Post Malone – AUSTIN

A stark and deeply honest record...

The pre-release hype for ‘AUSTIN’ suggested an about-turn, a sudden deviation. If word was to be believed, Post Malone had gone country – the digital syrup that adorns his run of colossal rap hits had been removed, and its place something lonesome emerged. Out now, ‘AUSTIN’ doesn’t quite match that reputation – acoustic aspects are in place, for sure, but while it’s a more organic experience it doesn’t quite sever ties with his past. An evolution into the personal, it’s an album that isn’t afraid to be honest.

His first project since becoming a father, ‘AUSTIN’ was also constructed in the aftermath of moving to Salt Lake City. It’s a long way – literally and figuratively – from his 2015 debut single ‘White Iverson’, and Post Malone responds with a cycle of material that lingers on responsibility, trauma, addiction, and continuation. Pieced together with pop heavy-hitter Andrew Watt and long-term collaborator Louis Bell, the team manage to make often spartan arrangements suit Post Malone’s natural arena-like surroundings.

Plaintive opener ‘Don’t Understand’ sets the tone – the vocal is almost a whisper, while the musicianship frames this in subtle ways. The gospel-soaked ‘Something Real’ expands on this, Post Malone surrounded by warm, familiar voices. But then previous themes intrude – ‘Novacandy’ is given a more digi-leaning treatment, while the sombre ‘Mourning’ swathes the album in shades of black.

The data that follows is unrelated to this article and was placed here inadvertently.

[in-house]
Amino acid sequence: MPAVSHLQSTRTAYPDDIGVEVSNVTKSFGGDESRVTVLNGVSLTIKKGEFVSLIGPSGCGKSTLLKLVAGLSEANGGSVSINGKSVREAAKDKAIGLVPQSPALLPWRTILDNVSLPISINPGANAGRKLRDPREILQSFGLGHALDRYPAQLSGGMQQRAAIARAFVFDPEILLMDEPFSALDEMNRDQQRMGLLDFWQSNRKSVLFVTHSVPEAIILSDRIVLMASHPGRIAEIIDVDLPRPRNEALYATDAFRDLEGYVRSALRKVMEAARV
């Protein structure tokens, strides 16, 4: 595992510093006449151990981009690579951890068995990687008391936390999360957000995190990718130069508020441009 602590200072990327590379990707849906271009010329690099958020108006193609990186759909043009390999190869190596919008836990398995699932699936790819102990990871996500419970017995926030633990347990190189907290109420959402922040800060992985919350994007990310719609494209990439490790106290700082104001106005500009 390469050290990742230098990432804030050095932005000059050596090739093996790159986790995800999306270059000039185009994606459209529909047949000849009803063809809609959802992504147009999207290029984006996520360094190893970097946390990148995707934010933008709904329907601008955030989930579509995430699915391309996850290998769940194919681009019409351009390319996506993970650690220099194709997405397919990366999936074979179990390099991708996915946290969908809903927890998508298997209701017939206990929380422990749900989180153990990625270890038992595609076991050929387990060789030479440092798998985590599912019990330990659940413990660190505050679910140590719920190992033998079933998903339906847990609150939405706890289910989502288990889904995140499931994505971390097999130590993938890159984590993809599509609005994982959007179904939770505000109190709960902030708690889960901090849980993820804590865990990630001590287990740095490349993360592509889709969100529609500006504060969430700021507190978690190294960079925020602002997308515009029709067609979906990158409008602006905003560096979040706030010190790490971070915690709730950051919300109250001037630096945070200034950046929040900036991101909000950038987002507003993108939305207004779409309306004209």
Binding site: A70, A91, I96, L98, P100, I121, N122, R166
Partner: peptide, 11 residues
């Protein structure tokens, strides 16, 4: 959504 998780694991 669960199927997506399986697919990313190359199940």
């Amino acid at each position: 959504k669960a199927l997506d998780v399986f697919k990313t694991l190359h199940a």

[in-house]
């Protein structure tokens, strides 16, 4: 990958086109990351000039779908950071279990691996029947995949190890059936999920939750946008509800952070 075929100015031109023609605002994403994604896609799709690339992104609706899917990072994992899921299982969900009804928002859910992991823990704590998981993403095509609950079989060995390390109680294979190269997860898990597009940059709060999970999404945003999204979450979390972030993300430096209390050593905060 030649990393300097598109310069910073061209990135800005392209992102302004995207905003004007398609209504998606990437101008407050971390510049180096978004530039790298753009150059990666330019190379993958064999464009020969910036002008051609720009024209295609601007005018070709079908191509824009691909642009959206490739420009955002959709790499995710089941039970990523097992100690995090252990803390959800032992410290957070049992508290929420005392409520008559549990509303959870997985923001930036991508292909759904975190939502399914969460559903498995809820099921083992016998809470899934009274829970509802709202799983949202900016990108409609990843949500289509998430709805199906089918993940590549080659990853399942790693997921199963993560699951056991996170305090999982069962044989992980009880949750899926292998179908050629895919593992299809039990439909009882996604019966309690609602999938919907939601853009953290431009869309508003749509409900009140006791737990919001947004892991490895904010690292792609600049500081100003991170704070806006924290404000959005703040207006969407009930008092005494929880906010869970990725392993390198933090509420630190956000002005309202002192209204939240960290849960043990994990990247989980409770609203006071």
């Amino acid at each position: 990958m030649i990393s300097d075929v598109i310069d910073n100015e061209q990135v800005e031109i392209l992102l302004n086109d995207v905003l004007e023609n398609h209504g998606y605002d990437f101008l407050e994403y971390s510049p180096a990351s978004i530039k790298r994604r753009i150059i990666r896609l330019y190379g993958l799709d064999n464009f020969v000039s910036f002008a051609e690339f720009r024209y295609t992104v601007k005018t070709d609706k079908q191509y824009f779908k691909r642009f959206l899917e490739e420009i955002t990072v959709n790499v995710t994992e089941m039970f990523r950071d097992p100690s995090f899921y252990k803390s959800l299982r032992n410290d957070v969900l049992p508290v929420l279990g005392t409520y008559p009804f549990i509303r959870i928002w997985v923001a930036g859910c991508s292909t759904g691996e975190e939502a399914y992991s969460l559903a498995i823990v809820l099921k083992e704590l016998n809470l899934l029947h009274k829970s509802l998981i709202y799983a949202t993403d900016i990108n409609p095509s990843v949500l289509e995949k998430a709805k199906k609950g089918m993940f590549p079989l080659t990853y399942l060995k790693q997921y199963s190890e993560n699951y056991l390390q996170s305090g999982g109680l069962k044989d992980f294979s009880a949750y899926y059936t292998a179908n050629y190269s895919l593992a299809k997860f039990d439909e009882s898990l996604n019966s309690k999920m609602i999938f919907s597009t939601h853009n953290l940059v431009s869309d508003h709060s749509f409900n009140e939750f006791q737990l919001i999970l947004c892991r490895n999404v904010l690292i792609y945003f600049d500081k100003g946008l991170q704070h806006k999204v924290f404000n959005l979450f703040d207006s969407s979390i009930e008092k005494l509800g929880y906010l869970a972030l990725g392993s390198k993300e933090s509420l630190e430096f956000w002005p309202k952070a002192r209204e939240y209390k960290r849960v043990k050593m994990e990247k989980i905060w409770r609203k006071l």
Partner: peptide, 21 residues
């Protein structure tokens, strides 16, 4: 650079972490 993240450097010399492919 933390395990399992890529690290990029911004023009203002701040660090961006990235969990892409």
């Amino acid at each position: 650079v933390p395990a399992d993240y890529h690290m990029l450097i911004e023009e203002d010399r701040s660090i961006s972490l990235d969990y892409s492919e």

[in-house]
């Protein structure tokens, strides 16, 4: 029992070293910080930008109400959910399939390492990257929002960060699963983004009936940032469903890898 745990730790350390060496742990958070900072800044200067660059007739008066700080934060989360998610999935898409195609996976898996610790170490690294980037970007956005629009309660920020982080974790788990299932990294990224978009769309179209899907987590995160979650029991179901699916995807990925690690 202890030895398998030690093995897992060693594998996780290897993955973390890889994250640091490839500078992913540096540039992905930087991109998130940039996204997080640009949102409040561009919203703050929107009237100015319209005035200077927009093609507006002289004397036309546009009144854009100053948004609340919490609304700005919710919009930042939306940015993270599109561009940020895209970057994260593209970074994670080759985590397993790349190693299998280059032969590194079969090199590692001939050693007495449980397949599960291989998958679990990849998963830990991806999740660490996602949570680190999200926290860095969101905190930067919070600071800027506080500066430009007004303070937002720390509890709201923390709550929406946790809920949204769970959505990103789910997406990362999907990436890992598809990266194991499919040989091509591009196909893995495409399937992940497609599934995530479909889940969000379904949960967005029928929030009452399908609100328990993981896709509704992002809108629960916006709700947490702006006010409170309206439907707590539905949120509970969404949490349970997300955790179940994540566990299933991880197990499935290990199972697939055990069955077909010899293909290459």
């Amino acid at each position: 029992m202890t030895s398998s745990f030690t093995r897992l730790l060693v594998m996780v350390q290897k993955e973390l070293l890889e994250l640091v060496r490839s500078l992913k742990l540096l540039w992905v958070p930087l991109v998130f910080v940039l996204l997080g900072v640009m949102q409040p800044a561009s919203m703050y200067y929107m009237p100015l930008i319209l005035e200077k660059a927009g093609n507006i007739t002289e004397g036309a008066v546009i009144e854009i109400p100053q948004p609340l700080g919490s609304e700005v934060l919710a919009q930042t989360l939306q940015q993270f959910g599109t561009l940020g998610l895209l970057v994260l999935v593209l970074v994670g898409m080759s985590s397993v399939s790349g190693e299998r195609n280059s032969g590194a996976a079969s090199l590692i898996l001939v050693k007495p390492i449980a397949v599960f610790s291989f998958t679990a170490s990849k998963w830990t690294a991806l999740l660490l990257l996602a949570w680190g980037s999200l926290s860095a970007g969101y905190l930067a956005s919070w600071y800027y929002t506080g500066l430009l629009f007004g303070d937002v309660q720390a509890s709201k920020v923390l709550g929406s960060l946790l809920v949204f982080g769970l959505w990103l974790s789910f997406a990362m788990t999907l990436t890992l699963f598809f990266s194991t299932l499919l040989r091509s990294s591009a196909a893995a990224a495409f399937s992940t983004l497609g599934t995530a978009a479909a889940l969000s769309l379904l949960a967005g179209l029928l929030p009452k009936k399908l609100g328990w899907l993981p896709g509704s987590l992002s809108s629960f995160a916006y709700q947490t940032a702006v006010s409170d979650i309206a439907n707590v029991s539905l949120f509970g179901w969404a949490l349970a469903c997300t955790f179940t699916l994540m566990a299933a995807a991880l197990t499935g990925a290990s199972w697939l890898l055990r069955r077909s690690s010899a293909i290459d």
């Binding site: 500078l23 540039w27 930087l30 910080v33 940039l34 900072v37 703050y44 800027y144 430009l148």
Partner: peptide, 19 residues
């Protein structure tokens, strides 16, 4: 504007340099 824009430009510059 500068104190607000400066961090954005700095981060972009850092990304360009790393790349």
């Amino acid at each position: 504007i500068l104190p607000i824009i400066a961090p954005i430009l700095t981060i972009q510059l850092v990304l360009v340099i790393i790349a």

There’s a surfeit of material on display. Often twinned, we move from ‘Mourning’ to its cousin ‘Too Cool To Die’ – Post continually flips lyrical meaning – while offers digital permutations amid its 80s leaning electronics, It’s fun, a kind of 80s Miami transplant in the landscapes of Salt Lake City.

That said, the album is most effective when Post Malone is at his most affecting. ‘Hold My Breath’ is admirably stark, while ‘Texas Tea’ crunches with its intense, industrial electronics. Indeed, only sporadically does ‘AUSTIN’ meet the Malone-goes-country hype – latter songs such as ‘Buyer Beware’ or ‘Landmine’ aren’t exactly hoedowns, but the influence runs deep.

Frosted finale ‘Laugh It Off’ dares to look to the future, and you’re left wondering what impact ‘AUSTIN’ will have on his fans, and on Post Malone’s future work. Is this a one-off deviation, a resetting of the dials? Or will these acoustic templates become his bedrock? Whatever the future holds, this is an album that dares to buck trends, and at its best can be genuinely moving.


Words: Robin Murray

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